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Making our own Scotch (quail) eggs

We bought quail eggs for the first time the other day. While browsing in Morrison’s the other day, we noticed that they were on sale for £1:85 per dozen which seemed like a bargain to us. But what to do with them? We thought we had the answer. Why not use them to make some Scotch eggs?

I’ve made Scotch eggs before, although previously I’ve used regular chicken eggs; for the uninitiated, Scotch eggs are hard-boiled eggs which are wrapped in sausage meat, coated in breadcrumbs and deep-fried. I’m not sure how particularly Scottish they are – they were apparently invented by the posh London department store Fortnum & Mason at some point in the mid-18th century), and these days they are widely available across the UK in supermarkets, motorway service stations, etc. For years they were regarded as little more than a somewhat greasy (and in some cases alarmingly bright orange) picnic item but in recent years the foodie revolution has seen them being made with all sorts of different types of eggs (even pickled ones as well as eggs laid by birds other than chickens), with the meat coating including black pudding, smoked haddock, etc. You can even get ones where the yolk is still runny once the frying process has been completed! For home-made ones, deep-frying is a bit of a no-no so I tend to bake them in the oven instead (25-30 minutes at 190°C usually does the trick).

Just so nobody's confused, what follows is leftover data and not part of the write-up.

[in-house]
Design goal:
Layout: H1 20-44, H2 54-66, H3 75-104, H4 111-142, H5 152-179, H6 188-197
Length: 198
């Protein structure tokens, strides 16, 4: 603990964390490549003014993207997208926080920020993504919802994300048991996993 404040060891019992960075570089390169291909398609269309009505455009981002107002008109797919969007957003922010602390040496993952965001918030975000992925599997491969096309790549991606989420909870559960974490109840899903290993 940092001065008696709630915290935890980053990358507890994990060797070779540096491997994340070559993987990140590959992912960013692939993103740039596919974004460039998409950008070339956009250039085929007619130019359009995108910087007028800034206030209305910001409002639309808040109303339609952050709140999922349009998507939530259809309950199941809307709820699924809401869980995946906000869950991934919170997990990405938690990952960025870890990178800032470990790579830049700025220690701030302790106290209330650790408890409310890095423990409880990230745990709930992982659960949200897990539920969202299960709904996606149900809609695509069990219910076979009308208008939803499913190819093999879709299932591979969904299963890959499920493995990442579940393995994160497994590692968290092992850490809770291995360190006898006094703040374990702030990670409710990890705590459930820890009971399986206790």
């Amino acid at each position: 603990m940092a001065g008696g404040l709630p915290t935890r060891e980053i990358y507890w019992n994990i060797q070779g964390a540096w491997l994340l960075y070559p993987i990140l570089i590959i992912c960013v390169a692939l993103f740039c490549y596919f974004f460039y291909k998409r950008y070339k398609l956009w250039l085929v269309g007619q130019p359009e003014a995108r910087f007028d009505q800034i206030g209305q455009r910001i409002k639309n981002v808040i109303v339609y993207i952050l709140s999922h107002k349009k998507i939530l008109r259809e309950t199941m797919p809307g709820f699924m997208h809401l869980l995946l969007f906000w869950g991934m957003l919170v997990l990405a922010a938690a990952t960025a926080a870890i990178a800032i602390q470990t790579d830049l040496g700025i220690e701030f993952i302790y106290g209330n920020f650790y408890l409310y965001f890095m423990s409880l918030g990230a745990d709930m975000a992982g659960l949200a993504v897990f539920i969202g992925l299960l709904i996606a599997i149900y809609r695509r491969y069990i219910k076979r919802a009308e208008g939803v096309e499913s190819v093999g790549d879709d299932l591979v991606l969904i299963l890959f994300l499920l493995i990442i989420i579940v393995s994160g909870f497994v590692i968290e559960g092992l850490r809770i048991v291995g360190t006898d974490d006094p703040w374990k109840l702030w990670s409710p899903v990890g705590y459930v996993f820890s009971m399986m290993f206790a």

Quail eggs are much smaller than the ones that are laid by chickens (unsurprising really, given that quails are the smallest European game birds) and have nice-looking brown speckled shells. 

After consulting the Internet to find out about boiling times, I boiled them for three minutes and then, after a shelling process that was more fiddly than I thought it would be, I set to work on the sausage-meat. 

Starting with pork from our pre-Christmas trip to the Smithfield meat auction which had been ground up using my new hand-cranked sausage-maker before being frozen, I added salt, pepper, parsley, dried herbs from the cupboard (oregano, sage) and herbs from the garden (rosemary, thyme). 


The meat was then divided up into twelve parts, each of which coated one quail egg. 

The resulting meaty balls were rolled in breadcrumbs and baked in the oven for 20 minutes (as they were smaller than the ones I’d made with chicken eggs before).

The result? Delicious, even if I do say so myself!

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